School districts were hit hard by state funding cuts over the past several years. Gov. Wolf’s first state budget proposal would help fix that; not only by restoring $400 million in basic education funding in 2015-16, but by using a large share of the revenue from a natural gas severance tax in 2016-17 and beyond to invest in schools.
The Wolf administration asked districts how they would use the funds, and over 90% responded. The results are not surprising. Expanding full-day kindergarten, pre-K, and other early childhood programs were common answers. Restoring support staff, nurses, and counselors – after many staff cuts – and reducing classroom sizes were also frequent responses.
Funding for these program increases, staff restorations, and classroom-size reductions are dependent on new revenues – including a proposed severance tax on natural gas. While public support for the tax paid in every other major oil- and gas-producing state (but not yet in PA) is high, the oil and gas industry is fighting hard to defeat it.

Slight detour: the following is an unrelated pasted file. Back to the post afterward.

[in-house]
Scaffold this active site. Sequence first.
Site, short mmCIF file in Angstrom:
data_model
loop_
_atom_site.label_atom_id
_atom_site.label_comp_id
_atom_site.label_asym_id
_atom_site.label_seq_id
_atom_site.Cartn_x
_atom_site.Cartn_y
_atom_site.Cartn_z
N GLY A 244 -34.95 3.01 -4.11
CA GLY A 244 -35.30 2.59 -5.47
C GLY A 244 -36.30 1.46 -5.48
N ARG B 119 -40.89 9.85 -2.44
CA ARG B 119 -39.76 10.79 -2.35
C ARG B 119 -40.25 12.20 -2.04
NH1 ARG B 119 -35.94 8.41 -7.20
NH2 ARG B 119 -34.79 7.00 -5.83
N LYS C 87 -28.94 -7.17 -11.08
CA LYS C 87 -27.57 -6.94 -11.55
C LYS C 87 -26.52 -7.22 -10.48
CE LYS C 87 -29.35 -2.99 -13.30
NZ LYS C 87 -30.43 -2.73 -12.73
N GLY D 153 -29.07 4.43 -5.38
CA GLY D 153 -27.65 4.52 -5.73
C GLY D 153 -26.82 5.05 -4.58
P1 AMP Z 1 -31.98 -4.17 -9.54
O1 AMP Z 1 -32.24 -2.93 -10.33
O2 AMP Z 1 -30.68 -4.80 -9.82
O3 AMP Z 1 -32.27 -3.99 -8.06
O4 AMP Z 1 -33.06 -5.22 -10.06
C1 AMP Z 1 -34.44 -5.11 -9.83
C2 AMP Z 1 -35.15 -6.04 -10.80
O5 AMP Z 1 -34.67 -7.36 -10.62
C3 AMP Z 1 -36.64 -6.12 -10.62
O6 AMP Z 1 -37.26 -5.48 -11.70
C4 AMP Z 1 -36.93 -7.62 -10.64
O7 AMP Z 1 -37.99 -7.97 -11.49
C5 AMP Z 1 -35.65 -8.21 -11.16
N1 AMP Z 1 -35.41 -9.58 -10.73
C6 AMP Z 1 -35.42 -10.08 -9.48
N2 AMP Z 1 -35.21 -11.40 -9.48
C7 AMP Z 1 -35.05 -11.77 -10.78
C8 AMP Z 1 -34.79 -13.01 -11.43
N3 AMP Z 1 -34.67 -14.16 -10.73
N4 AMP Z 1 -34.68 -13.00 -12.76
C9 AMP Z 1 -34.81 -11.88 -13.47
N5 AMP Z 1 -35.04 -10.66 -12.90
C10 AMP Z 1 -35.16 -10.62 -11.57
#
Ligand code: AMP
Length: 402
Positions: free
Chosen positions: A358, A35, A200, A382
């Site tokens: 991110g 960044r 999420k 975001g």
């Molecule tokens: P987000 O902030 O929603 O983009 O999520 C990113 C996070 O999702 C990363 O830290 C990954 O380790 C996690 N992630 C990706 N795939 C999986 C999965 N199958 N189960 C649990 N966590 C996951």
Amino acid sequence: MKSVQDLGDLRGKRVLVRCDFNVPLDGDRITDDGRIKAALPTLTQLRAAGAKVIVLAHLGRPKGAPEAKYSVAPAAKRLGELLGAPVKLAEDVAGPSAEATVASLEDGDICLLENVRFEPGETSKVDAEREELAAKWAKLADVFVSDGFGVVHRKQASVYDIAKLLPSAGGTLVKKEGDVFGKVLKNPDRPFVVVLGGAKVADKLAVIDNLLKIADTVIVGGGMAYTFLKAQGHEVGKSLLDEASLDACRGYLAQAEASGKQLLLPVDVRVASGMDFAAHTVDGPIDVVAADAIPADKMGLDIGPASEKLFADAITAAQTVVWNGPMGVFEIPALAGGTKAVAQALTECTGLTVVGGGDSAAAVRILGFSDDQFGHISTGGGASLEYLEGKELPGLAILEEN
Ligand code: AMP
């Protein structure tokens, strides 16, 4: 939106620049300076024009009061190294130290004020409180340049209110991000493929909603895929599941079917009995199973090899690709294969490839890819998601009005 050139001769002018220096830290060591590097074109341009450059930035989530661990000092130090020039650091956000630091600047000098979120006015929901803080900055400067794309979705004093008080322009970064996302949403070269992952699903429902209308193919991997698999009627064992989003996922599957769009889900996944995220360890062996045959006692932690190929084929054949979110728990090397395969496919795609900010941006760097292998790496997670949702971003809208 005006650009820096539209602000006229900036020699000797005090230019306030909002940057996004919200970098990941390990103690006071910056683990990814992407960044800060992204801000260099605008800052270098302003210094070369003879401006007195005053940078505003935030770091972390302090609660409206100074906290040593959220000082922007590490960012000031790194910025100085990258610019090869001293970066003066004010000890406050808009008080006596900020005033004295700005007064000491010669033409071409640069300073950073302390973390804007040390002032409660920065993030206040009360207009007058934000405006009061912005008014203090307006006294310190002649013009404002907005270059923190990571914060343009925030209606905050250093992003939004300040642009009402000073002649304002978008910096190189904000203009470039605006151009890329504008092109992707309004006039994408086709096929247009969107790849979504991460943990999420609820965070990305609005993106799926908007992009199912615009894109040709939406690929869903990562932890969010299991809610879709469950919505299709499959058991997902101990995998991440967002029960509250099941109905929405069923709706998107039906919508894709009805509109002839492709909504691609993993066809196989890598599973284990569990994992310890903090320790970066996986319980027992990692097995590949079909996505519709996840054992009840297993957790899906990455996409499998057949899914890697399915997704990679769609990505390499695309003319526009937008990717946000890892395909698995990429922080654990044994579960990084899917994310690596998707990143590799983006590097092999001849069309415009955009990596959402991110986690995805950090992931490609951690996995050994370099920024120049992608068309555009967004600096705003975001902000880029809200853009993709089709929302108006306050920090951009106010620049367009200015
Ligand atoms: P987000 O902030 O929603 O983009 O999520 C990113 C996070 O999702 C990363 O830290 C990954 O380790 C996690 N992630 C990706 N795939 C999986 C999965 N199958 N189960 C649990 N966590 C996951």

We are testifying Monday at a joint Senate Environmental Resources and Energy/Finance Committee hearing on the proposed severance tax – but it will be an uphill battle as the agenda is dominated by oil and gas and business interests that will likely oppose any tax at any time.
Many lawmakers have said they favor a reasonable severance tax and support more education funding. The two are linked in the 2015-16 budget, and new funding won’t magically appear.
As Chesapeake Energy said in 2009, “We gladly pay a severance tax in every state where we’re active, except New York and Pennsylvania.” The sky won’t fall, and the industry won’t be crippled if a tax they pay everywhere else is enacted in Pennsylvania.
It is time to let our lawmakers hear that we support this common tax on big oil and gas. If we don’t speak now, the oil and gas industry wins, and our kids lose.